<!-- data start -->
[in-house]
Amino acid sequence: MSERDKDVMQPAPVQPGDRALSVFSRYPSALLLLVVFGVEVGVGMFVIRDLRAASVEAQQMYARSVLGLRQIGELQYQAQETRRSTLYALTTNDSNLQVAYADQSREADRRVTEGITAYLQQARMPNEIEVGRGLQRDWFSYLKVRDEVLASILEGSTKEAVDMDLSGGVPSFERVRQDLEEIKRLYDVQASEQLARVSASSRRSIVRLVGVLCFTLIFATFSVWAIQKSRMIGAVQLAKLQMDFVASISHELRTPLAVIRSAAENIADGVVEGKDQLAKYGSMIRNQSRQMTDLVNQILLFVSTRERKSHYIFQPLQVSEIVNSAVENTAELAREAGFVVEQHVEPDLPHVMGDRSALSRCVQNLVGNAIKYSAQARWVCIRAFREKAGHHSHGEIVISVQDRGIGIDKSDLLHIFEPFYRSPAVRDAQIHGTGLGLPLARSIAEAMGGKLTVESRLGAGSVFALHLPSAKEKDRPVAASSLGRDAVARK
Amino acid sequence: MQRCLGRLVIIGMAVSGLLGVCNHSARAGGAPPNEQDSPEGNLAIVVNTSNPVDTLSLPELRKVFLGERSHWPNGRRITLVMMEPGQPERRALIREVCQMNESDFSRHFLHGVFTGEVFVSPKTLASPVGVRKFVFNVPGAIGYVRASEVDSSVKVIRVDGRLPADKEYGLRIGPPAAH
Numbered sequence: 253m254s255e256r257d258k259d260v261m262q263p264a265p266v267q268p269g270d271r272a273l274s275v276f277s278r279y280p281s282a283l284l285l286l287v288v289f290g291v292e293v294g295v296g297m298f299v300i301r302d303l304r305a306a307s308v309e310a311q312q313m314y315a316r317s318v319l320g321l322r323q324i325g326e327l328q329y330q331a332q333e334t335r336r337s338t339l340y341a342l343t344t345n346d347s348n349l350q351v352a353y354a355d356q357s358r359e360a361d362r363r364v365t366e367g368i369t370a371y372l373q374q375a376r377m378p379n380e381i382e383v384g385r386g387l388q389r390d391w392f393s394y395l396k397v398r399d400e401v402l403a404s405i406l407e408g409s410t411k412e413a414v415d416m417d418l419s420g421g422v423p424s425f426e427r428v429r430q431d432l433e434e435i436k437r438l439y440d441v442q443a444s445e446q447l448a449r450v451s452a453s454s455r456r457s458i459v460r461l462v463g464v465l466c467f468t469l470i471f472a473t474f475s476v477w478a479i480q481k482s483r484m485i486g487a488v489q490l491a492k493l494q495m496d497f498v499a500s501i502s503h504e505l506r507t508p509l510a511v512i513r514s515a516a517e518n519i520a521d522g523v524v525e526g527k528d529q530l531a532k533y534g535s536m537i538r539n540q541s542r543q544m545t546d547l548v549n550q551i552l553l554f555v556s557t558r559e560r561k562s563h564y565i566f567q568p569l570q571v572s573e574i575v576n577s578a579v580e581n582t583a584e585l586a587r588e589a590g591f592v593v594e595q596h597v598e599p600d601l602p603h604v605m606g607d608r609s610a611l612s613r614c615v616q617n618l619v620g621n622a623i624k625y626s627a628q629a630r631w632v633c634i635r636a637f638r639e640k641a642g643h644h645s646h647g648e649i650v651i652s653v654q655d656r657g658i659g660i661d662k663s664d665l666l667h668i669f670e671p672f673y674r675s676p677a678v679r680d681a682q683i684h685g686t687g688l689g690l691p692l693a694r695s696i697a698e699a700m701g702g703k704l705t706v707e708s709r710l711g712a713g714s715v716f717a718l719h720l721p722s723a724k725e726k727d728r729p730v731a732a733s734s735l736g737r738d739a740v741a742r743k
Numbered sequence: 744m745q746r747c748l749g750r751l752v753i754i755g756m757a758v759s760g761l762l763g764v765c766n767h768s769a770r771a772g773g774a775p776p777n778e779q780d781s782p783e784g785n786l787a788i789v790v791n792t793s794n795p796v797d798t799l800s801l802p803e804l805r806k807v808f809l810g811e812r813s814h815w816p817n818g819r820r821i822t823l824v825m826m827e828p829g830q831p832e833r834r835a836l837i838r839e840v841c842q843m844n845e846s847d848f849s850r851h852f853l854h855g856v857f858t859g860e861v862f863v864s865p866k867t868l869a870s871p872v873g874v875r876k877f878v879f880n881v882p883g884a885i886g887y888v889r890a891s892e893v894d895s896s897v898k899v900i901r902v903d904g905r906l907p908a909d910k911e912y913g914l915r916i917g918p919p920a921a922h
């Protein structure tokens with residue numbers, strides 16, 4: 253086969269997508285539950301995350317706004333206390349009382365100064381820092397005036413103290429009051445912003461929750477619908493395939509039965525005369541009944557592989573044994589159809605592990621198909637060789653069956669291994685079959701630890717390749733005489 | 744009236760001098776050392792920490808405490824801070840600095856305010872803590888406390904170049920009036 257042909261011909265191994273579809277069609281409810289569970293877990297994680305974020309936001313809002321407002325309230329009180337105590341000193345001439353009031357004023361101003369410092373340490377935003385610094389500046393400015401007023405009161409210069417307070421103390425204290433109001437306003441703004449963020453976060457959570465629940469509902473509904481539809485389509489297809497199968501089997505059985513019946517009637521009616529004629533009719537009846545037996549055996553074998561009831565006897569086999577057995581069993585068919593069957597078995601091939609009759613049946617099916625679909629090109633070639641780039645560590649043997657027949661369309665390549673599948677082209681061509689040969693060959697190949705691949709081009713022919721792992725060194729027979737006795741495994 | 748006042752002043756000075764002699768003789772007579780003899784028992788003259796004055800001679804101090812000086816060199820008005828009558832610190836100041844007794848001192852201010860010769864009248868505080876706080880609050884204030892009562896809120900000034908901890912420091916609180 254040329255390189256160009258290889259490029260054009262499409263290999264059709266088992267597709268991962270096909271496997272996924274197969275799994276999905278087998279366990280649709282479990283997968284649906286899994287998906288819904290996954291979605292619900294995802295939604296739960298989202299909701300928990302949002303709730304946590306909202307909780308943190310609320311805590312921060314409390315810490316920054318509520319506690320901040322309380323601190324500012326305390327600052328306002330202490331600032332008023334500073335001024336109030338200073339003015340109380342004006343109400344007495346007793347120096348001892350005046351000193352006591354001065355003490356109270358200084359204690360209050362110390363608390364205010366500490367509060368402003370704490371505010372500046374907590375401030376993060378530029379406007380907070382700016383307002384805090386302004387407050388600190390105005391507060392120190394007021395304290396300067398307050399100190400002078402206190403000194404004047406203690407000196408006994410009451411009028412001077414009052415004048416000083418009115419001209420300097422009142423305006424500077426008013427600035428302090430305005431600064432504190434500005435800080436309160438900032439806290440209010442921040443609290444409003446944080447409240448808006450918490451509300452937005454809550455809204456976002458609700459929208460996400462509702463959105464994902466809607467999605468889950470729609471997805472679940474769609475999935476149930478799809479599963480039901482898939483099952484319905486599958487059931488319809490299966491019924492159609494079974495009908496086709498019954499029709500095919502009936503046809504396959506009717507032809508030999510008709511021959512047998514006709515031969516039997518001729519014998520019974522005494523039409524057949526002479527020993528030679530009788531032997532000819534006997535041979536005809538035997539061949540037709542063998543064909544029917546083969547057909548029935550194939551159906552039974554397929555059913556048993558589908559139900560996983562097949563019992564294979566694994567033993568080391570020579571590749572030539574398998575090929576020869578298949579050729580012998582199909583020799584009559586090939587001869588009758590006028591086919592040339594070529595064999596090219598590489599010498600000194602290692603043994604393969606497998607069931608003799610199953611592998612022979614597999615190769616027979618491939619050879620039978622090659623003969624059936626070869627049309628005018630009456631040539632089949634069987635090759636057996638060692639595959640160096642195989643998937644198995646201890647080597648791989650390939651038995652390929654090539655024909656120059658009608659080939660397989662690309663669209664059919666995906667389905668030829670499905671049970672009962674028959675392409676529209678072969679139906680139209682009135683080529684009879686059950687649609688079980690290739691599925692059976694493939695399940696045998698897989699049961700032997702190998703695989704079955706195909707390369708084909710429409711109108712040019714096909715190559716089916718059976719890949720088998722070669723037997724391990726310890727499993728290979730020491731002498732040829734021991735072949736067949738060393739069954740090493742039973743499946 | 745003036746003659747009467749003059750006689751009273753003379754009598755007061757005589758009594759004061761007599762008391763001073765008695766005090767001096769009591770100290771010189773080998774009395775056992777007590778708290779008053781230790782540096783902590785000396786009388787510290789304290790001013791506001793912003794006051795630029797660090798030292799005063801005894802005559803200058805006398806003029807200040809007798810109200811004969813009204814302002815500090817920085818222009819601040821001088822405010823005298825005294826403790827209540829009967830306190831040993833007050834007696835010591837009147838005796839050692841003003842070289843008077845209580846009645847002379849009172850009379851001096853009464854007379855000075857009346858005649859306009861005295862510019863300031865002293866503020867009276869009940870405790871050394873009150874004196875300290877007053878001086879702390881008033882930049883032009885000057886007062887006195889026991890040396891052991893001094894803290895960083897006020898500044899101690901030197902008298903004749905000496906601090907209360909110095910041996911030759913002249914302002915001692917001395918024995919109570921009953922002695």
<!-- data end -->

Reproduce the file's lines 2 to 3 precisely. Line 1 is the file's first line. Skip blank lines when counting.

Amino acid sequence: MSERDKDVMQPAPVQPGDRALSVFSRYPSALLLLVVFGVEVGVGMFVIRDLRAASVEAQQMYARSVLGLRQIGELQYQAQETRRSTLYALTTNDSNLQVAYADQSREADRRVTEGITAYLQQARMPNEIEVGRGLQRDWFSYLKVRDEVLASILEGSTKEAVDMDLSGGVPSFERVRQDLEEIKRLYDVQASEQLARVSASSRRSIVRLVGVLCFTLIFATFSVWAIQKSRMIGAVQLAKLQMDFVASISHELRTPLAVIRSAAENIADGVVEGKDQLAKYGSMIRNQSRQMTDLVNQILLFVSTRERKSHYIFQPLQVSEIVNSAVENTAELAREAGFVVEQHVEPDLPHVMGDRSALSRCVQNLVGNAIKYSAQARWVCIRAFREKAGHHSHGEIVISVQDRGIGIDKSDLLHIFEPFYRSPAVRDAQIHGTGLGLPLARSIAEAMGGKLTVESRLGAGSVFALHLPSAKEKDRPVAASSLGRDAVARK
Amino acid sequence: MQRCLGRLVIIGMAVSGLLGVCNHSARAGGAPPNEQDSPEGNLAIVVNTSNPVDTLSLPELRKVFLGERSHWPNGRRITLVMMEPGQPERRALIREVCQMNESDFSRHFLHGVFTGEVFVSPKTLASPVGVRKFVFNVPGAIGYVRASEVDSSVKVIRVDGRLPADKEYGLRIGPPAAH